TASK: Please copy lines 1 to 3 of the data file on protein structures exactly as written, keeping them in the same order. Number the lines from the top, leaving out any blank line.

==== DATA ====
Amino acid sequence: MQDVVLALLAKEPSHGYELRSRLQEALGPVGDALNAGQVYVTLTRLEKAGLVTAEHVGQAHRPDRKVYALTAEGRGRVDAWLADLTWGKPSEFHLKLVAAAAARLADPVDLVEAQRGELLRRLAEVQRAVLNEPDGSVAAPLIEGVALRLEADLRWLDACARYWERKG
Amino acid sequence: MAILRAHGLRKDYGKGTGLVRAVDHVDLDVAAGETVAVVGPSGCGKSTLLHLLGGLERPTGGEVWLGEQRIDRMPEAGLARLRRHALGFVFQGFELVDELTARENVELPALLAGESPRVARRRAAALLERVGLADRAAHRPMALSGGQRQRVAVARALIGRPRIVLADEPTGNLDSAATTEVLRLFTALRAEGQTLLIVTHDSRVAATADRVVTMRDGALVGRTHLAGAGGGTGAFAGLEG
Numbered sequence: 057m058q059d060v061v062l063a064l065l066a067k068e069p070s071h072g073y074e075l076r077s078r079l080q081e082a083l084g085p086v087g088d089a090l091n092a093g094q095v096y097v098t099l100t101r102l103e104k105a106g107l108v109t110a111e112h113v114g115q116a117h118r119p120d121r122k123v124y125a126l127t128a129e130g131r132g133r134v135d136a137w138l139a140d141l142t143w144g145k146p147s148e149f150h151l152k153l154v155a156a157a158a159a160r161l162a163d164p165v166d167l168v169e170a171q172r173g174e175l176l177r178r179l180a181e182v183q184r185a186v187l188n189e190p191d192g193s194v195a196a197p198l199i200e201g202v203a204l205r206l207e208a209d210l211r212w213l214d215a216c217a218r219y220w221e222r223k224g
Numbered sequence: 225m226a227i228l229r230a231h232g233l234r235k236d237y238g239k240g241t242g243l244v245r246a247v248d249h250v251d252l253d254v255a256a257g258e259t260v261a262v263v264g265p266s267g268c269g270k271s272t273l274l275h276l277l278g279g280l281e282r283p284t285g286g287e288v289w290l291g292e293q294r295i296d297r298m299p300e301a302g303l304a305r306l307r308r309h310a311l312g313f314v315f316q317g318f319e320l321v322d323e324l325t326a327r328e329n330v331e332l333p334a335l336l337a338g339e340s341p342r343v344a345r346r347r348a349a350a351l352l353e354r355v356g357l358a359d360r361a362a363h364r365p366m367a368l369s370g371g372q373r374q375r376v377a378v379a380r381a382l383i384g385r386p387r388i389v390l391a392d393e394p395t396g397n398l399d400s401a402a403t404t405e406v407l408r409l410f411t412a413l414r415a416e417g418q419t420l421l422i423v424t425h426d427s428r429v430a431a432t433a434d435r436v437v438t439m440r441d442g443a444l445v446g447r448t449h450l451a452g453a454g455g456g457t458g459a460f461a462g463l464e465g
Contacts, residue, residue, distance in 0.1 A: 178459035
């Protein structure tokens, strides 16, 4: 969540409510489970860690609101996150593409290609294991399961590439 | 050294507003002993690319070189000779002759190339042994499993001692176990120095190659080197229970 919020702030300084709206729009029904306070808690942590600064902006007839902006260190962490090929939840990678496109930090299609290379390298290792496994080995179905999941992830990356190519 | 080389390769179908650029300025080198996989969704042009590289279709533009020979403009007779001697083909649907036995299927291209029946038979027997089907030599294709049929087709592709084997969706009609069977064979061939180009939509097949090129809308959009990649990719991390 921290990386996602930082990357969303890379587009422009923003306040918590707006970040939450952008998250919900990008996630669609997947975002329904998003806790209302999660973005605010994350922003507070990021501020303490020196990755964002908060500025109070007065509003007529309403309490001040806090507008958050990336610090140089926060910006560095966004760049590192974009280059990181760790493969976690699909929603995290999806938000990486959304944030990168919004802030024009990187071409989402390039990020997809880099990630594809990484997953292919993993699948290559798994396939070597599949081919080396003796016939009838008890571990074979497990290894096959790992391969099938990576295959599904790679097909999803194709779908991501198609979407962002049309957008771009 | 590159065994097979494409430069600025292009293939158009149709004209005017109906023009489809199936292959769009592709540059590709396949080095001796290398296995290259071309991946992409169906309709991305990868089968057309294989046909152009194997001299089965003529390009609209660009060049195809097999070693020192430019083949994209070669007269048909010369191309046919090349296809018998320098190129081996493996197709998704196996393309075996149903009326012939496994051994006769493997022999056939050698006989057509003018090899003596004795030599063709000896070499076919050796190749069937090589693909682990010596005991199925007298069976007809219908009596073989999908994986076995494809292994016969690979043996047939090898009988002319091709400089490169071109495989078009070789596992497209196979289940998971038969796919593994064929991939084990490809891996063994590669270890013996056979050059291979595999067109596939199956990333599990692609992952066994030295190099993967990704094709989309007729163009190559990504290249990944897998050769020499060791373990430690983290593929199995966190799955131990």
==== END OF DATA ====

Amino acid sequence: MQDVVLALLAKEPSHGYELRSRLQEALGPVGDALNAGQVYVTLTRLEKAGLVTAEHVGQAHRPDRKVYALTAEGRGRVDAWLADLTWGKPSEFHLKLVAAAAARLADPVDLVEAQRGELLRRLAEVQRAVLNEPDGSVAAPLIEGVALRLEADLRWLDACARYWERKG
Amino acid sequence: MAILRAHGLRKDYGKGTGLVRAVDHVDLDVAAGETVAVVGPSGCGKSTLLHLLGGLERPTGGEVWLGEQRIDRMPEAGLARLRRHALGFVFQGFELVDELTARENVELPALLAGESPRVARRRAAALLERVGLADRAAHRPMALSGGQRQRVAVARALIGRPRIVLADEPTGNLDSAATTEVLRLFTALRAEGQTLLIVTHDSRVAATADRVVTMRDGALVGRTHLAGAGGGTGAFAGLEG
Numbered sequence: 057m058q059d060v061v062l063a064l065l066a067k068e069p070s071h072g073y074e075l076r077s078r079l080q081e082a083l084g085p086v087g088d089a090l091n092a093g094q095v096y097v098t099l100t101r102l103e104k105a106g107l108v109t110a111e112h113v114g115q116a117h118r119p120d121r122k123v124y125a126l127t128a129e130g131r132g133r134v135d136a137w138l139a140d141l142t143w144g145k146p147s148e149f150h151l152k153l154v155a156a157a158a159a160r161l162a163d164p165v166d167l168v169e170a171q172r173g174e175l176l177r178r179l180a181e182v183q184r185a186v187l188n189e190p191d192g193s194v195a196a197p198l199i200e201g202v203a204l205r206l207e208a209d210l211r212w213l214d215a216c217a218r219y220w221e222r223k224g